From what can best be currently determined from existing scholarship, the first former First Lady to attend a national convention was Edith Roosevelt.
She joined her husband former President Theodore Roosevelt at the 1912 Republican Convention in Chicago, Illinois as he fought against the odds to gain his party’s presidential nomination away from the incumbent President William Howard Taft.
When her husband failed to win the nomination, Edith Roosevelt expressed disgust with the intra-party fighting which continued. She chose not to accompany her husband two months later to the national convention of his newly-formed breakaway Progressive Party, which nominated him.
“I have lived, most reluctantly,” she said, “through one party split.”
Although she was the niece of incumbent First Lady Caroline Harrison and lived in the White House while serving as her secretary and assistant, Mary Lord Dimmock went on to marry the widowed, former President Benjamin Harrison four years after her aunt’s 1892 death.
While her status as a presidential spouse was ambivalent, her status as a presidential widow was not.
Recognized with honors as a member of a former presidential family, she attended the 1916 Republican National Convention which nominated her friend Charles Warren Fairbanks of Indiana as the vice presidential candidate.
At the 1928 Democratic National Convention in Houston, Texas, former First Lady Edith Wilson assumed a role of high visibility. With the death of her husband, former President Woodrow Wilson four years earlier, Edith Wilson developed a public profile as the symbol of him, his Administration and his ideals, particularly his failed dream of a League of Nations.
She proceeded to Houston from Washington in the private train care of the former U.S. Ambassador to France Hugh Wallace and his wife, joined by her friend financier Bernard Baruch. In Houston, she was the houseguest of famed financier and Democratic Party Jesse Jones.
She later recalled an unexpected incident which led to a precedent – of sorts, during one of the convention’s evening sessions: “Mr. Jones took me up on the platform. Then without any warning to me at all he stepped on to the rostrum and announced to the delegates, ‘Mrs. Woodrow Wilson will now address you!’”
Speaking in what was described as a “low and resonant” voice, she merely acknowledged the applause. Her voice was evidently not recorded nor was there a transcription of what she said beyond thanking the delegate welcome for her. Edith Wilson did not recall exactly what her words were, recalling only, “I said what I could.”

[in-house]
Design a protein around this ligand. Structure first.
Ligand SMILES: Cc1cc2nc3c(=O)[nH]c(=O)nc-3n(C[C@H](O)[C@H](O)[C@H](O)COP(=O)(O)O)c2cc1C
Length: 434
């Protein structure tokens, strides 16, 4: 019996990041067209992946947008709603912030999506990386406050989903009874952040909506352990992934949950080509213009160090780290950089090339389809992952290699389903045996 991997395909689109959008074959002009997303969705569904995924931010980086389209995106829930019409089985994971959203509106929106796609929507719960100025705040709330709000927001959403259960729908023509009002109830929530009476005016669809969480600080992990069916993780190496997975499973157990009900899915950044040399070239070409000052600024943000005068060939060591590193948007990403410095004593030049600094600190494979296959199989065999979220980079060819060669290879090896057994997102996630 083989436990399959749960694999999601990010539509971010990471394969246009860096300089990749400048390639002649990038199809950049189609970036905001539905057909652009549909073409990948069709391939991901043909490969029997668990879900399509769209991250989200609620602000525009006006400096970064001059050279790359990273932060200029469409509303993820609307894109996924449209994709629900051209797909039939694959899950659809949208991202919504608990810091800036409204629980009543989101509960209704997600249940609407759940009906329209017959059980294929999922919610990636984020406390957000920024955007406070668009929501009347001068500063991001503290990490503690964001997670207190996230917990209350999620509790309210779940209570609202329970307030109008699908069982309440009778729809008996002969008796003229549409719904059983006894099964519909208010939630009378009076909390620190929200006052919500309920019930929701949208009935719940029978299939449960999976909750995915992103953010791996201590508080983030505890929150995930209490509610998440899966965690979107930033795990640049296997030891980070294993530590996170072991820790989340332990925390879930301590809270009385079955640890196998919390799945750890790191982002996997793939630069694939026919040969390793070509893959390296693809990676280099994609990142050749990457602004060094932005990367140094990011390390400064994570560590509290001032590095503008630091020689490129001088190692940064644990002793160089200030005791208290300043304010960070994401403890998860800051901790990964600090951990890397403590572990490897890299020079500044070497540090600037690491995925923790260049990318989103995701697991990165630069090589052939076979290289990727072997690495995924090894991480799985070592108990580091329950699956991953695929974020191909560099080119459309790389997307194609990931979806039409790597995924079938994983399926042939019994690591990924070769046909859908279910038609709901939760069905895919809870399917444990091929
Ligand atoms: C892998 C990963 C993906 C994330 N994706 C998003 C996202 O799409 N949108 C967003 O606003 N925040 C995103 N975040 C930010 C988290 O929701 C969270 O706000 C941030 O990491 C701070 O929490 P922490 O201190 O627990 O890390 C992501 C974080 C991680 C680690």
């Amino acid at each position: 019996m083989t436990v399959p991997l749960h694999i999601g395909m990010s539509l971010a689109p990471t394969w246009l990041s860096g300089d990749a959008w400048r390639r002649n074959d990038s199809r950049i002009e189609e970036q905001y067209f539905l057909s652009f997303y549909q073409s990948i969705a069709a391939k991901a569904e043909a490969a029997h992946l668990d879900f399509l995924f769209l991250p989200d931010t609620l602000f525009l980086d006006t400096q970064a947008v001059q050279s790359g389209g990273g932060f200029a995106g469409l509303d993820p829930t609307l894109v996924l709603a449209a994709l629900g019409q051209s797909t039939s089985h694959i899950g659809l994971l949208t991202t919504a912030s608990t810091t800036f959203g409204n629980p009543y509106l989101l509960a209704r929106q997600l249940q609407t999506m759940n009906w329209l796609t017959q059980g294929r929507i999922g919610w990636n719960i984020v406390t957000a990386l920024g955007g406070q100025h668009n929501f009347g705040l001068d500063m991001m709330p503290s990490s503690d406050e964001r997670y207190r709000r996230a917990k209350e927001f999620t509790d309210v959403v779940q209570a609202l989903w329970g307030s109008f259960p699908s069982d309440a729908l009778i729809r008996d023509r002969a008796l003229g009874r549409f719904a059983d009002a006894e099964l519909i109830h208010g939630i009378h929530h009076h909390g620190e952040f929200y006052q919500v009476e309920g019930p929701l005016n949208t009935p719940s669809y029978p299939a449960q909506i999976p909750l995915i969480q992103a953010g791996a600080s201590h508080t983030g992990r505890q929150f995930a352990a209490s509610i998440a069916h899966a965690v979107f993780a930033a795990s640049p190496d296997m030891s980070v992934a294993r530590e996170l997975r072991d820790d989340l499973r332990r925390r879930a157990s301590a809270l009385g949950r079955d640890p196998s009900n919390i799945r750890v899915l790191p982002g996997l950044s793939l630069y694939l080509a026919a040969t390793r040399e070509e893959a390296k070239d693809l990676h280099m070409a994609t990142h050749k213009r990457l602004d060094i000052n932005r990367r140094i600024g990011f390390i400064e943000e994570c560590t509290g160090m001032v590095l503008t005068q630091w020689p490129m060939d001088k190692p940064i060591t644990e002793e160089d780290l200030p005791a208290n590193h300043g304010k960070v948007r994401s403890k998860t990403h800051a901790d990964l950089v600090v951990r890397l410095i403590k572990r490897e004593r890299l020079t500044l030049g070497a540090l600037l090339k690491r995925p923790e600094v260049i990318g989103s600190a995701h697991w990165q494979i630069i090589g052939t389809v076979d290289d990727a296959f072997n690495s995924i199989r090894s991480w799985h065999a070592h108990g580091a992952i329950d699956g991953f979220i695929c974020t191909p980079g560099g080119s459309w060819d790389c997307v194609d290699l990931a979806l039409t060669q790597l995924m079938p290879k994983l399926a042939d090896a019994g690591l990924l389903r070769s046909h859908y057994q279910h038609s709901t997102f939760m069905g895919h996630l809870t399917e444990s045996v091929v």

Four years later, Edith Wilson attended the National Democratic Convention in Chicago, accompanied by Bernard Baruch, where they were joined by writer Clare Booth, who was then a Democrat.
When former First Lady Nellie Taft attended the 1940 National Republican Convention in Philadelphia, she willingly posed for photographs and spoke to reporters in a hotel suite serving as the campaign headquarters of her son, U.S. Senator Robert Taft, who was seeking his party’s nomination.
Although the nomination went to Wendell Wilkie, Mrs. Taft remained seated in the convention hall with her daughter Helene Taft Manning, taking in the proceedings to the end.
It was not so much as a symbol of her late husband but as a powerful political broker in her own right which led former First Lady Eleanor Roosevelt to attend three successive National Democratic Conventions, in 1952, 1956 and 1960.
Although she skipped the 1948 National Democratic Convention in light of the fact that she was then a U.S. representative of the newly-formed United Nations, her presence at the 1952 convention was intended to help Adlai Stevenson win the party’s nomination.
Stevenson’s candidacy being opposed by incumbent President Harry Truman who supported Averell Harriman.
Stevenson won not only the 1952 nomination but did so again in 1956, crediting Mrs. Roosevelt’s support as a key factor in his success, despite losing the general election both times.
Former First Lady Bess Truman did not accompany her husband, former President Harry S. Truman to the 1960 Democratic National Convention in Los Angeles.
Four years later, however, former First Lady Mamie Eisenhower did go with her husband to the 1964 Republican National Convention, held in San Francisco.